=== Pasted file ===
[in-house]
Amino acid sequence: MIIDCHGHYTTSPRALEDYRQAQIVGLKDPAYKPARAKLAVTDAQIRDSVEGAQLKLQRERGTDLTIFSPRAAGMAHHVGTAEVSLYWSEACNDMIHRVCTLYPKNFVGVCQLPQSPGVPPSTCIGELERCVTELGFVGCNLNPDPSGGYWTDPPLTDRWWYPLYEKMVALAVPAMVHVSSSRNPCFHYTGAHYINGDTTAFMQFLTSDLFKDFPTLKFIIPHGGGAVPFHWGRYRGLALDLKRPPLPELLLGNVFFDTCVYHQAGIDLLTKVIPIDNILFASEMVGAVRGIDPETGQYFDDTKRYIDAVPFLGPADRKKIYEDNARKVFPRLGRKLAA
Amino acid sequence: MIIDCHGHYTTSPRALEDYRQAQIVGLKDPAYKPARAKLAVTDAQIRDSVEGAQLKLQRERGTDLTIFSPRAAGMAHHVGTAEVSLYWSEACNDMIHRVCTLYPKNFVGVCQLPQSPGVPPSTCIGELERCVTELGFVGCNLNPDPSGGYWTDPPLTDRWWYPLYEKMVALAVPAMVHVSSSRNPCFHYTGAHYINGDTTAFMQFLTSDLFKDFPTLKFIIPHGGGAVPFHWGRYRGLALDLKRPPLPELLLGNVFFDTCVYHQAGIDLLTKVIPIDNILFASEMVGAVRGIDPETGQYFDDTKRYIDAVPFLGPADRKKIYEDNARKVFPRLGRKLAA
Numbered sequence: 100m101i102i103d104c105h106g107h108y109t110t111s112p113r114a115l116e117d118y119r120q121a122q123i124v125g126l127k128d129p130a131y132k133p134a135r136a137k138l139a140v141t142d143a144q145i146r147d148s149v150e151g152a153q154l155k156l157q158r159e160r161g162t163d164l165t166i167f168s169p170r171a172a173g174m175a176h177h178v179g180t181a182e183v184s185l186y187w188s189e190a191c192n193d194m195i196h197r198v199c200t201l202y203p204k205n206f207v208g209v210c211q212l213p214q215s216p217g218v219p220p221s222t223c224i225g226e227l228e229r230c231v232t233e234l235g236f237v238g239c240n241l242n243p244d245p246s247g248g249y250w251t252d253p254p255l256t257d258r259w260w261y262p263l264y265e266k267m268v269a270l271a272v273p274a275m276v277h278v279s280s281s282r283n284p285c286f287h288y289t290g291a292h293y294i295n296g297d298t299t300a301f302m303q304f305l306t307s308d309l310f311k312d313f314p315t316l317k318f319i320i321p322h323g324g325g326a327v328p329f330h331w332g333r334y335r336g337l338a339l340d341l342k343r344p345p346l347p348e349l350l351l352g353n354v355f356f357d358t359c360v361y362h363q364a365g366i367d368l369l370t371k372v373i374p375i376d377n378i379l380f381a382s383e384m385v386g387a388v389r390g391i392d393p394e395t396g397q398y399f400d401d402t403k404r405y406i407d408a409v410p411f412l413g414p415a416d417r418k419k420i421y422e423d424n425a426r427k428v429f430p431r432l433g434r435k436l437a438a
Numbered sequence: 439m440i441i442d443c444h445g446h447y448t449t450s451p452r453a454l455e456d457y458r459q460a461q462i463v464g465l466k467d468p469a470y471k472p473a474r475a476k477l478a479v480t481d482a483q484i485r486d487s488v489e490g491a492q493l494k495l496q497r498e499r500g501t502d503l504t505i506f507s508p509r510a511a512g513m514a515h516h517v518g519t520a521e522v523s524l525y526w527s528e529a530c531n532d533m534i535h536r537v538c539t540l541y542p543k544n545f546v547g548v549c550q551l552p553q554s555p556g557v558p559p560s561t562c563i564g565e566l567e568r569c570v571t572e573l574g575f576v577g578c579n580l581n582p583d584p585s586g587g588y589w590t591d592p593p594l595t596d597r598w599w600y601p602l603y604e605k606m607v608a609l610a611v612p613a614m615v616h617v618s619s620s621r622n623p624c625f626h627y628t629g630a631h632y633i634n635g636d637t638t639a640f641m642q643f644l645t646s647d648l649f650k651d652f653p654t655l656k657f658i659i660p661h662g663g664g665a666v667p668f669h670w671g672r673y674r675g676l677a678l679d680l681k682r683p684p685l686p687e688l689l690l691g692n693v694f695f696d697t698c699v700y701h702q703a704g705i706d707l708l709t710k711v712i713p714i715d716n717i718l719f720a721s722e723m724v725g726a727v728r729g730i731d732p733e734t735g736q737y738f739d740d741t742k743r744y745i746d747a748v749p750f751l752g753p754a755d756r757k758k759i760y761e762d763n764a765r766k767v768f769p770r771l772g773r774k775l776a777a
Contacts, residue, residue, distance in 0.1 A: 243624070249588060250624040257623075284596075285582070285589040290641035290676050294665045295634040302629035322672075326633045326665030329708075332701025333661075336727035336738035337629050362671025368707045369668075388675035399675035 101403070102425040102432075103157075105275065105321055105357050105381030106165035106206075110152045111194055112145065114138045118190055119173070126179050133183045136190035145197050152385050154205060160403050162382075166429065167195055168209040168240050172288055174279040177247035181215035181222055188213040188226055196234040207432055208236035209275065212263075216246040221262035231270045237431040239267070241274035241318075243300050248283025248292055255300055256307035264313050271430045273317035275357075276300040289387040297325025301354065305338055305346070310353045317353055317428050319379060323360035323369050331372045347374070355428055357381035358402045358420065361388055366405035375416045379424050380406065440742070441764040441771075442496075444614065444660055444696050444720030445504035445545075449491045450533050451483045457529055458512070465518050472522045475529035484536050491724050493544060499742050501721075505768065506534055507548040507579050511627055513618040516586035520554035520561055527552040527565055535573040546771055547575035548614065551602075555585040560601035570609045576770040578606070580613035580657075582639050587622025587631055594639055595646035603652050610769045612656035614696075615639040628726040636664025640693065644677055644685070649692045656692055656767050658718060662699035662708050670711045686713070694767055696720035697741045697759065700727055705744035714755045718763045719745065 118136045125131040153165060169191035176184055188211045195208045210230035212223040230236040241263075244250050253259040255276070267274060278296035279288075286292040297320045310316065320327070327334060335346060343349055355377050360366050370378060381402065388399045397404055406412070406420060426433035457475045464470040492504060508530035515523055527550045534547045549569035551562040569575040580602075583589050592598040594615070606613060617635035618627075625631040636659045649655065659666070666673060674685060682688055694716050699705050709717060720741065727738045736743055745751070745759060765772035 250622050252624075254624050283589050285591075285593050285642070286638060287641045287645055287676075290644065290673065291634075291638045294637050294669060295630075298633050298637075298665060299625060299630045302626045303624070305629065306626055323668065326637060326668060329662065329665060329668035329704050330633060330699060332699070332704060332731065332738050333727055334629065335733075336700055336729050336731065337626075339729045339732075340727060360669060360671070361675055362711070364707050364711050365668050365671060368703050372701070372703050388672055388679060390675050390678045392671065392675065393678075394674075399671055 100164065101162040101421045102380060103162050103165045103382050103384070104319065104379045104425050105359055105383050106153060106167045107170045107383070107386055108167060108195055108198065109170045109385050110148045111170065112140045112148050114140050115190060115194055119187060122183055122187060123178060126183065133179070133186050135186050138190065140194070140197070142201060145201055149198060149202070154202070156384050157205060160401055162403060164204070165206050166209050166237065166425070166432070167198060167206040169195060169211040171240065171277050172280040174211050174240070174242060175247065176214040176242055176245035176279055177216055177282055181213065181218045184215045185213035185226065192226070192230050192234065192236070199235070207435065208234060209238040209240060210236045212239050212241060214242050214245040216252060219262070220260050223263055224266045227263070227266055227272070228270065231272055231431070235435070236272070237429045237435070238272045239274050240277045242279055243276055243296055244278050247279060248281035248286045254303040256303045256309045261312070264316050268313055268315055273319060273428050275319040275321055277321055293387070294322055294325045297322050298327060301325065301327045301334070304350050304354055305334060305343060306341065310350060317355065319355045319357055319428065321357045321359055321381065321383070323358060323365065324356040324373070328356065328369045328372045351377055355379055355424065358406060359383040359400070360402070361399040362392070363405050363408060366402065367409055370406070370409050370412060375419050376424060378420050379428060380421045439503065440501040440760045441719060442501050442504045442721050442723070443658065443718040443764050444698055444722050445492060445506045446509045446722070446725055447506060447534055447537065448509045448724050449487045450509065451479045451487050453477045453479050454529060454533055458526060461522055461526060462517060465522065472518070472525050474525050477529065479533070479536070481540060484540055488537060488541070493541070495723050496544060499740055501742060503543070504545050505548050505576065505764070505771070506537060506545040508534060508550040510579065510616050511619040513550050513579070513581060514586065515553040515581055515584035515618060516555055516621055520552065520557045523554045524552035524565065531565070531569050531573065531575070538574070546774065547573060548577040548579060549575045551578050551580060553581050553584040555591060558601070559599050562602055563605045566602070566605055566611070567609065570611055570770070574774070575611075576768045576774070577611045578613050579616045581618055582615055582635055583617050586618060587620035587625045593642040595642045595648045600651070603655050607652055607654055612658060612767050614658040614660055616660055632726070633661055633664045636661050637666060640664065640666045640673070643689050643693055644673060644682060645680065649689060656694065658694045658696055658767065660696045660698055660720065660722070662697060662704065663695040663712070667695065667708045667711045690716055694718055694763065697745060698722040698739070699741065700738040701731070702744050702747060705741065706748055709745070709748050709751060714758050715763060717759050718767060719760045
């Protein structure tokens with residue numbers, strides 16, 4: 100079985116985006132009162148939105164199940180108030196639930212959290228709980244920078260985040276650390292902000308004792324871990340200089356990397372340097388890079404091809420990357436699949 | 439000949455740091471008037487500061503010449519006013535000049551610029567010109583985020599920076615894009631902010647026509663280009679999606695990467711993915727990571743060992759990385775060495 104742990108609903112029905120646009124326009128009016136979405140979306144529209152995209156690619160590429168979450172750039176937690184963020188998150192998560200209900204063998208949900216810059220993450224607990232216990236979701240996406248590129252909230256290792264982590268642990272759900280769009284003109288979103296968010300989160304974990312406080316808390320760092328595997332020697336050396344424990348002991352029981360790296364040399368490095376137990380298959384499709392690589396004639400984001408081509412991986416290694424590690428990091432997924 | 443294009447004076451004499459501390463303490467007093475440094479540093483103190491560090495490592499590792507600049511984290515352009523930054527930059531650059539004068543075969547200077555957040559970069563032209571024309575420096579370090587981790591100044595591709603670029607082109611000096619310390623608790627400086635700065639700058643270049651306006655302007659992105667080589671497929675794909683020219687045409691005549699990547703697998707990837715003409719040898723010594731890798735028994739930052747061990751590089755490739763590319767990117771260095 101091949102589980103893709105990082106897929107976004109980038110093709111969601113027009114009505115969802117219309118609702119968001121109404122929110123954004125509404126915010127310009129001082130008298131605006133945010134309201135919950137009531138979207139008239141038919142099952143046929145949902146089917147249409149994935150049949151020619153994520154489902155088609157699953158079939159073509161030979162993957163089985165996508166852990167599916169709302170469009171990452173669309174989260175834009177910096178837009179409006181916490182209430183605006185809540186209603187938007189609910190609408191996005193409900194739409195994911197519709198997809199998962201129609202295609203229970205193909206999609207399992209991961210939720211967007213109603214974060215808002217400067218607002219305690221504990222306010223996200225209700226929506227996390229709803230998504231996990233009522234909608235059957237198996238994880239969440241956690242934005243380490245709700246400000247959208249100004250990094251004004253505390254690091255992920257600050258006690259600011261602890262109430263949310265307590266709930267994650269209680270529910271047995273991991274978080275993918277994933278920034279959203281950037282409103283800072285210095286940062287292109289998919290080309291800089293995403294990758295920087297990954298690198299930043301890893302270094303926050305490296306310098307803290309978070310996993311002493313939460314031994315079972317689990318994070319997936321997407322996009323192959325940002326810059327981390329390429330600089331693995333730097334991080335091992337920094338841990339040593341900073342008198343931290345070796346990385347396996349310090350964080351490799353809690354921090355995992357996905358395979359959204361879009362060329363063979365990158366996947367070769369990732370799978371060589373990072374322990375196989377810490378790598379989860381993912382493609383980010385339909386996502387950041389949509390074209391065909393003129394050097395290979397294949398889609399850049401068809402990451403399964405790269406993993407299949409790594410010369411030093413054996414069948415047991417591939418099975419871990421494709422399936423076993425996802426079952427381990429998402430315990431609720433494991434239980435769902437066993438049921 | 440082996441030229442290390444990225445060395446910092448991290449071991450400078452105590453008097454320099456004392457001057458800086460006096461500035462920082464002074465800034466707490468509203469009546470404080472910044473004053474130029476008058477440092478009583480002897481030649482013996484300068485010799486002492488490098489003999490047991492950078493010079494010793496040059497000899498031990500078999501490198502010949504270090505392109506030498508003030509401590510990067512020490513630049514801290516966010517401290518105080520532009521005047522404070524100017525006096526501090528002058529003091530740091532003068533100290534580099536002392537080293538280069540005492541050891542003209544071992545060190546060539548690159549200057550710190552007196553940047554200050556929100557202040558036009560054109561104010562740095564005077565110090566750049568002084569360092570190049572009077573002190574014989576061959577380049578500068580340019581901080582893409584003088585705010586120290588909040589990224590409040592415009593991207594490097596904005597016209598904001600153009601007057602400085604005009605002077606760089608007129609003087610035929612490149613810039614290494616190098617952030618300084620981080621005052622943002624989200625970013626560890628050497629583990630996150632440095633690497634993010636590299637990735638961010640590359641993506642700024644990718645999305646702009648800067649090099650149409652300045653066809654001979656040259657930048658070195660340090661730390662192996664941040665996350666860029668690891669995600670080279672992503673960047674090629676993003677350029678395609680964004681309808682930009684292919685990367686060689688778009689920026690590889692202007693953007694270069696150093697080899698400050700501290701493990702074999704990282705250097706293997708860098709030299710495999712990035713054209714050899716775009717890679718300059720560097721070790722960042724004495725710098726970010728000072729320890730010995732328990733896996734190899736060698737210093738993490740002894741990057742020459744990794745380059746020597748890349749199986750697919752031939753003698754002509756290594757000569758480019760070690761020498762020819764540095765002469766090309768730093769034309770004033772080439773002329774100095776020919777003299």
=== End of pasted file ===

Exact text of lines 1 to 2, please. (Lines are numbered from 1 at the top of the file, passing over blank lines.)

[in-house]
Amino acid sequence: MIIDCHGHYTTSPRALEDYRQAQIVGLKDPAYKPARAKLAVTDAQIRDSVEGAQLKLQRERGTDLTIFSPRAAGMAHHVGTAEVSLYWSEACNDMIHRVCTLYPKNFVGVCQLPQSPGVPPSTCIGELERCVTELGFVGCNLNPDPSGGYWTDPPLTDRWWYPLYEKMVALAVPAMVHVSSSRNPCFHYTGAHYINGDTTAFMQFLTSDLFKDFPTLKFIIPHGGGAVPFHWGRYRGLALDLKRPPLPELLLGNVFFDTCVYHQAGIDLLTKVIPIDNILFASEMVGAVRGIDPETGQYFDDTKRYIDAVPFLGPADRKKIYEDNARKVFPRLGRKLAA